What does it mean? Afresh look at:
Grace, Sin, Glory, Sacrifice, Hope, Salvation
We often hear and use words which we may not fully grasp the meaning of, especially when we hear and say them in church. Take Grace, Sin, Glory, Sacrifice, Hope and Salvation for example – can you say what they each mean? I doubt we would all totally agree on the meaning of each one. So to help that reflection we have six guests coming to talk to us about one of these words on every Sunday evening in Lent. We hope that this will enable us to discover that the words we so often say hold hidden secrets and gems for us to savour and enjoy.
All are welcome to come and join us at 6pm each Sunday in Lent when we explore what these words mean. There will be an opportunity for questions and discussion after the service.
Below are short biographies of the speakers.
Guy Elsmore has been Archdeacon of Buckingham since 2016. He studied Physics at Edinburgh University and then worked with the homeless in Liverpool prior to theological training at Ridley Hall, Cambridge and Ordination in Liverpool where he served his Title. Guy was then vicar of a shared RC/CE parish Church in Widnes where he was also Area Dean. He then became Rector of the St Luke’s Team in Central Liverpool where he was also Area Dean of Toxteth. Guy is married to Petra who is from the Czech Republic and who is also ordained. He has five children, two of whom are still at home.
Stephen Cherry is Dean of Chapel at King’s College, Cambridge; he is also a Fellow and the Director of Studies in Theology and Religion. and is the author of several books ranging from Barefoot Disciple, which was the Archbishop of Canterbury’s Lent book in 2011 to books about forgiveness (Healing Agony, Continuum 2012) , sin (The Dark Side of the Soul, Bloomsbury 2016) and time wisdom (Beyond Busyness, Sacristy Press, 2012), together with two collections of poem-prayers (Barefoot Prayers, 2013 and Barefoot Ways, 2015 ). His latest book in an invitation to young people to explore theology (God-Curious, JKP, 2017).
He was previously Director of Ministry for the Diocese of Durham and a Canon Residentiary of Durham Cathedral and before that Rector of All Saints with Holy Trinity, Loughborough.
Frances Dominica was born in Inverness in 1942. Educated at Cheltenham Ladies’ College, she trained as a nurse at The Hospital for Sick Children, Great Ormond Street and the Middlesex Hospital. She entered the All Saints Sisters of the Poor in 1966 and was the Mother Superior from 1977 to 1989. In 1982 she founded Helen House, the first children’s hospice in the world, followed by Douglas House for young adults in 2004.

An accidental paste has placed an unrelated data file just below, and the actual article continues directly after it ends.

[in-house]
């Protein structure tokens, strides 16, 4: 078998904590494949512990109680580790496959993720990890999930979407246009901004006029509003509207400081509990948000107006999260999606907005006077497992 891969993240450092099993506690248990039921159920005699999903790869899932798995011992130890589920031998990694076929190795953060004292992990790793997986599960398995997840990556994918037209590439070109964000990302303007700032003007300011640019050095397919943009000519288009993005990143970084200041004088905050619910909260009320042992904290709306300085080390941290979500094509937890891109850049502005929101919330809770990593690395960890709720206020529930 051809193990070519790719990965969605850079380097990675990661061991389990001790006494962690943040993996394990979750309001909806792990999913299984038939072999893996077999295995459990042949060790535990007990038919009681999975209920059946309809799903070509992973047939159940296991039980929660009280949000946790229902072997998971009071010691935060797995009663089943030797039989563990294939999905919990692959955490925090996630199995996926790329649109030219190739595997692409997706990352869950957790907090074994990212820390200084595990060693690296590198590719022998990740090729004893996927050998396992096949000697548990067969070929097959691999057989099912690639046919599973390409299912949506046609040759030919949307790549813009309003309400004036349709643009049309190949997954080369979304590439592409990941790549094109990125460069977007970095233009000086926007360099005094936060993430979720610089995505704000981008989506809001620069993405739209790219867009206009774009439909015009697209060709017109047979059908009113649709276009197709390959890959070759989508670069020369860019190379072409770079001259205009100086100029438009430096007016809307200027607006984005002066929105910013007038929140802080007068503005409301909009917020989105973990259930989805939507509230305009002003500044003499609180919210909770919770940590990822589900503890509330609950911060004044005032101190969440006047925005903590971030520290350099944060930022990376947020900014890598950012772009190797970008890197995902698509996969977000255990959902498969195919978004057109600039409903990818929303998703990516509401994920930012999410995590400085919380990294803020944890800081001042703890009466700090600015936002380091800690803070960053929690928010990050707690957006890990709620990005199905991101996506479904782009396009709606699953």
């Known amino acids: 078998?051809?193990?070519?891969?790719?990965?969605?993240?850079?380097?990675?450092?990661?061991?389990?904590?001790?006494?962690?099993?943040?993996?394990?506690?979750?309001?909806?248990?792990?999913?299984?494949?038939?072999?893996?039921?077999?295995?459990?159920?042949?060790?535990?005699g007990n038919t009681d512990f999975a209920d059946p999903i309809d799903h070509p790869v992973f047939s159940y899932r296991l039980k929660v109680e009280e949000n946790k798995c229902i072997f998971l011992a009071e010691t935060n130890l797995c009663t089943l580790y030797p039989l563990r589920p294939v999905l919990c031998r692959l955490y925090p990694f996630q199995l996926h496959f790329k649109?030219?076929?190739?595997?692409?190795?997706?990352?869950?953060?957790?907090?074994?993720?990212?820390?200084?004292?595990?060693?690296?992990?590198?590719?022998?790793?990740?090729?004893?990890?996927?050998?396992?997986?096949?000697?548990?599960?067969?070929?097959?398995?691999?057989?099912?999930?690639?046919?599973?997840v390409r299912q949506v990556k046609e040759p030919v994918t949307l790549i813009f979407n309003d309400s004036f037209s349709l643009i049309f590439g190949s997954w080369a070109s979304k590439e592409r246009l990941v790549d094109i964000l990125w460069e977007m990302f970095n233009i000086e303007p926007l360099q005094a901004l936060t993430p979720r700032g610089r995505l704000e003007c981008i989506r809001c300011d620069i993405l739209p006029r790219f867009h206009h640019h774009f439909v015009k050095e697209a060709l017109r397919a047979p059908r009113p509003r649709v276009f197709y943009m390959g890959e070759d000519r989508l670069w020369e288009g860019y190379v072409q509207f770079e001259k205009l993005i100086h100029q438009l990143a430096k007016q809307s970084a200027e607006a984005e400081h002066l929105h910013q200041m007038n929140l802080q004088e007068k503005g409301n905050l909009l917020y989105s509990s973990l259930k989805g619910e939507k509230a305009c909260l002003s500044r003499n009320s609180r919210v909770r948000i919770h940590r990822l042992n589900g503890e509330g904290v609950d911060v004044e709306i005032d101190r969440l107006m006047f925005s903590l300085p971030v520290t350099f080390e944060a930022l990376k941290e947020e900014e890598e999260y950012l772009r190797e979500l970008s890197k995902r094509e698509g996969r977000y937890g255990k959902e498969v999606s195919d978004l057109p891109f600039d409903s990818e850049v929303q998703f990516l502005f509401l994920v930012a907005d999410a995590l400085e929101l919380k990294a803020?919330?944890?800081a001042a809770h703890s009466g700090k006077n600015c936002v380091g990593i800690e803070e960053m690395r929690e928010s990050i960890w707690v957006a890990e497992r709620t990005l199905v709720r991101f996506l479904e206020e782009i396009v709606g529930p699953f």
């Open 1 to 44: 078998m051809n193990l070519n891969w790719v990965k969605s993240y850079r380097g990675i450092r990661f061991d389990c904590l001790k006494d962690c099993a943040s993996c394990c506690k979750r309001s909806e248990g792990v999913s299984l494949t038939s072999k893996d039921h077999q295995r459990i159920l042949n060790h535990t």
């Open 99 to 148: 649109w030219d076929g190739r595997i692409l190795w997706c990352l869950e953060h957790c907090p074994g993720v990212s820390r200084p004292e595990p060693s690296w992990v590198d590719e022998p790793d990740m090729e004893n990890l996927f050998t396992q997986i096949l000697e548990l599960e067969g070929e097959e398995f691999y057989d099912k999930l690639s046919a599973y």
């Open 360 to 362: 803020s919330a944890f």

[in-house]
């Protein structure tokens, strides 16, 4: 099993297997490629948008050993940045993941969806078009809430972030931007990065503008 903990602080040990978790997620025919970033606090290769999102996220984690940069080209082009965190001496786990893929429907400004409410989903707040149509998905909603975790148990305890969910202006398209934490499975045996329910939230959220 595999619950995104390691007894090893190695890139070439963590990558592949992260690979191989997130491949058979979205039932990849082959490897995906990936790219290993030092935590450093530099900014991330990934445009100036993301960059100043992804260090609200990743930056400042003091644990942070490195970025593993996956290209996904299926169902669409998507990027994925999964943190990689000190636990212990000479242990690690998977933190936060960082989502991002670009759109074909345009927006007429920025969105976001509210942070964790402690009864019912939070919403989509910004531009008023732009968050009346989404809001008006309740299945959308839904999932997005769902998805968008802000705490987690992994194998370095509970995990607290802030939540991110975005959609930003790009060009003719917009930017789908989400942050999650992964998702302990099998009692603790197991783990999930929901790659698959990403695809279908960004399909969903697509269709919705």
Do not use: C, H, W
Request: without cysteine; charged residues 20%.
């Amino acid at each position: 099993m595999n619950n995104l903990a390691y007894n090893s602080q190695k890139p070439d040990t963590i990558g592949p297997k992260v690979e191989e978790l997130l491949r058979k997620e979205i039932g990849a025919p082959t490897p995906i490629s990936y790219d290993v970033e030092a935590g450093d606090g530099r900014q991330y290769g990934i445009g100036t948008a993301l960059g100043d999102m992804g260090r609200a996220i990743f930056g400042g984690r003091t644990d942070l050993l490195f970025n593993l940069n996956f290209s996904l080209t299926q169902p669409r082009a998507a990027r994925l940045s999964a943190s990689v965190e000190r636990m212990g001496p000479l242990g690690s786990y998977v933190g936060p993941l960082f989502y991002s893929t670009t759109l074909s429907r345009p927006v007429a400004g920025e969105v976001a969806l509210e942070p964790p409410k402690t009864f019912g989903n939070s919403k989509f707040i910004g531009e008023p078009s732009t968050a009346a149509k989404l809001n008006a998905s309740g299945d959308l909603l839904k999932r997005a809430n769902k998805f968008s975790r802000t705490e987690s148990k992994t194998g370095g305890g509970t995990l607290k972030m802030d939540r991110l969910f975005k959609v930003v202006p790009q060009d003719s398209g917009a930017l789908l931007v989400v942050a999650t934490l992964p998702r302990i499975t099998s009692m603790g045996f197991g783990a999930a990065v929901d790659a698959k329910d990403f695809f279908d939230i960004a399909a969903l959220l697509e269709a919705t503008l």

Frances Young is Emeritus Professor of Theology, University of Birmingham, where she held the Edward Cadbury Chair from 1986 to 2005. She taught New Testament and early Christian studies in Birmingham from 1971. She was ordained as a Methodist minister in 1984, and regularly leads worship locally, as well as responding to preaching invitations from various denominations across the country. She has always endeavoured to bridge academia and the life of the churches, engaging particularly in ecumenical activities and conferences, including the World Faith and Order Conference in Santiago di Compostela in 1993. For 45 years she and her husband cared for a son born with profound learning disabilities, now aged 50; Jean Vanier and the L’Arche communities have been an important influence.
Brian Mountford was Vicar of the University Church in Oxford for thirty years and in retirement am a Fellow of St Hilda’s College, Acting Chaplain of Corpus Christi College, and Publisher-at-Large for the ‘Christian Alternative’ imprint of John Hunt Publishing Ltd. My best-selling book is ‘Christian Atheist – belonging without believing’, and my latest is an anthology of poems from 1500 to the present called ‘Friday’s Child – poems of suffering and redemption’. Each poem has an accompanying commentary by me.
Joanna Collicutt teaches psychology of religion and spirituality at Ripon College Cuddesdon and Oxford University, and is also Oxford Diocesan Advisor for the Spiritual Care of Older People. She is an associate priest in a west Oxfordshire parish.
Before ordination she was a consultant clinical neuropsychologist, specialising in the rehabilitation and care of people with memory problems due to brain disorders, and has published widely on the interface between psychology and theology. She has just completed an MA in Christianity and the Arts at King’s College London.
Licensed Lay Minister
11th January 2018
Updated 10th February 2018